|Release date||15 September 2014 (Update)|
The Rune Goldberg Machine is a Distraction and Diversion that involves using the Rune Goldberg Machine, invented by Wizard Goldberg, to turn runes into vis wax, a substance with a variety of effects. It is located in the eastern section of the Runecrafting Guild, giving it a requirement of 50 Runecrafting to access.
This activity cannot be reset by a D&D token. It also does not reset when a player is a non-member; if a player completes the activity before their membership expires and becomes a member again later, they must wait until the following reset before the machine could be used again.
The Rune Goldberg Machine accepts three different rune types at a time, assigning a different value to each rune. These values are indicative of the efficiency of that rune type when actually used in that slot. It accepts any rune, with the exception of Armadyl runes. These values change daily. Players can insert runes into the machine to see their value, but for every combination tried, the required amount of runes of each of the three types selected will be increased by 0.5% (resets daily). The total value of the runes affects how much vis wax is created. The interface will show red, orange or green dots on the left hand side of the interface depending on whether the rune you have placed in that slot is a bad, an OK or a good match. If the rune you've placed in the machine matches the value of the 'best in slot' rune it will show green. Should the rune have a value of less than 50% then this will show red, and a value that is more than 50% will show orange.
The following table shows the profit and number of runes of a particular type that are required to feed such runes into the machine, assuming the player has obtained the maximum vis wax of the slot (as 0.5% is charged even on the first try). Lastly, it is assumed that vis wax is sold for its medium price: 6,890.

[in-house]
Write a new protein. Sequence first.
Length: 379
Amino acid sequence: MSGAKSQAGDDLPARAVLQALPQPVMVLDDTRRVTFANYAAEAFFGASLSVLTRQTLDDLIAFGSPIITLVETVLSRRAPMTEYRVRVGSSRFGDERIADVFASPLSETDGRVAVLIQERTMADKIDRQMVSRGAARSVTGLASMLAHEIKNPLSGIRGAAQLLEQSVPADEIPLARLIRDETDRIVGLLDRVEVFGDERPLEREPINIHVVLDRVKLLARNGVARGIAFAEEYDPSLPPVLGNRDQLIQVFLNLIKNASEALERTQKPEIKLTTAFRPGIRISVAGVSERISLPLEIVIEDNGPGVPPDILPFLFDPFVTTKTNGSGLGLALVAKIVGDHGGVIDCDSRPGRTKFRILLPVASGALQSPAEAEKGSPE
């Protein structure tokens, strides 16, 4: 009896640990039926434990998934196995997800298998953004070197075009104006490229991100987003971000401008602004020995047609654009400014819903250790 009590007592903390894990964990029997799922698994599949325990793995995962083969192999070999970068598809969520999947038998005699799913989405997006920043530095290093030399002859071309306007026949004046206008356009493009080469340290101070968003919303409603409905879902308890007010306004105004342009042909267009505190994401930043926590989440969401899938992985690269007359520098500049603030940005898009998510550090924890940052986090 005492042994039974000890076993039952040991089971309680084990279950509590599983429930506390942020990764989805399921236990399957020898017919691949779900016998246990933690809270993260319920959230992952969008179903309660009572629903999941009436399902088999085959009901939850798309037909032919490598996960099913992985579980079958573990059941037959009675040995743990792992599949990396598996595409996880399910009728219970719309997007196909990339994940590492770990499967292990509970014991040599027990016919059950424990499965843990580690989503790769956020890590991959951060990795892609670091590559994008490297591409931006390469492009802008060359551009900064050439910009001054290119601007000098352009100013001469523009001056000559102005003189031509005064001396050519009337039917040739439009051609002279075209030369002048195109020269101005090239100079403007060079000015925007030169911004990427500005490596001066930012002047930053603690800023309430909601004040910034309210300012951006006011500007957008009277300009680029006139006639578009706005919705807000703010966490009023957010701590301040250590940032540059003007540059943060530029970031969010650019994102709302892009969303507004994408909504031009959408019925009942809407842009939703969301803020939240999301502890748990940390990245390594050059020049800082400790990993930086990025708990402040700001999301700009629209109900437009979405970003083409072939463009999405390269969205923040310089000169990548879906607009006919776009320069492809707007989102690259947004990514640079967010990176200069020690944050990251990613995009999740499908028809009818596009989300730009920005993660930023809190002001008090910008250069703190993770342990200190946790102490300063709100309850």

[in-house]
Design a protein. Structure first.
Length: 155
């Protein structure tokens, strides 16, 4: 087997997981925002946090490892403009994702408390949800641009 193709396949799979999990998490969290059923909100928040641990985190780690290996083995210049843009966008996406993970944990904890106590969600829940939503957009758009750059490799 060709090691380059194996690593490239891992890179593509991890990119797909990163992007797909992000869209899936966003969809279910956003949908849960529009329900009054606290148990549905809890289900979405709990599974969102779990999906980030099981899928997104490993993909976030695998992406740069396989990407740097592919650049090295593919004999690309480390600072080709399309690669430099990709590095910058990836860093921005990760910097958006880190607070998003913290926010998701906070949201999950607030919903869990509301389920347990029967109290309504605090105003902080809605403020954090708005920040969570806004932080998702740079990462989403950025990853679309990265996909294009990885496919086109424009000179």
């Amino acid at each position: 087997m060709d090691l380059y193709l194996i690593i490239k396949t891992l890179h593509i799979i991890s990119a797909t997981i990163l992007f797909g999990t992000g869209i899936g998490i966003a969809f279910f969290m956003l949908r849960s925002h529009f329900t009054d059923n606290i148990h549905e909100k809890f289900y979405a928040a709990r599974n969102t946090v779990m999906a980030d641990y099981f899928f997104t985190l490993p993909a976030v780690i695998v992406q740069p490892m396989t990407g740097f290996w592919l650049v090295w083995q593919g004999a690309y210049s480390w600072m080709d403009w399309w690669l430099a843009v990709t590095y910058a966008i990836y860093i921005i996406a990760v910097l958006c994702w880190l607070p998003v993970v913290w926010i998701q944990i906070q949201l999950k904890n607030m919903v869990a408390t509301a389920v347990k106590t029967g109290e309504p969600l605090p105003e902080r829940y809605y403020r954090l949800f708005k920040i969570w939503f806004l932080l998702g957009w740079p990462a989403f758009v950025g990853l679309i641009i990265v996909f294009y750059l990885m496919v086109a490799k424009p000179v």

|Rune||Base amount||GE Price||Amount per try
|Cost per try||Base profit|
for green in
slot 1 or 2
for green in
Each of the three slots has a "best" rune, which changes daily. The first slot counts for 30% of the total vis wax, and is the same for every player. The second slot also counts for 30%, and is one of three possible runes (varies from player to player). The final slot counts for 40% of the total amount of wax, and is randomly assigned to each player. If the player has a Runecrafting cape (or a max cape or completionist cape charged with a Runecrafting cape), they can right-click and then activate the cape to see what their daily best rune for slot 3 is.
Just because one of the possibilities is green on the second slot but a player chose the rune that is not green, it does not mean that the rune he/she chose will yield more vis wax than a rune that is not one of the possibilities. For example, say the possibilities of the second rune slot are Death, Soul and Blood. The highest vis wax yield that is not one of the three is Fire (same yield for everyone). A player chose Soul, but it is not green. Soul could either collect more yield than Fire or less.
If Goldberg is asked for help with the machine, he will suggest a particular rune which has been previously shown to him by another player. Warning this suggested rune carries over from the previous day and may not be a good rune anymore if after trying the suggested rune and all combinations for the slots you still have a low amount try swapping the first rune for something else.
The profit (that is, the market value of the vis wax, minus the cost of the runes used) will be greater if experimenting with runes that are fairly cheap, even if you don't get a "100% match". As an extreme example, if the "perfect match" happens to be the three most expensive runes (see the GE prices, in the table above), you may end up spending more, in runes, than what you recover in vis wax. On the other hand, experimenting with combinations of only the six cheapest runes or so, you should be able to get an average profit of about 400k every day.
- The name is a reference to Rube Goldberg machines, which are devices or contraptions set up to perform simple tasks in an overly complicated manner. One famous example of this sort of apparatus is the game Mouse Trap, where players can set up their own.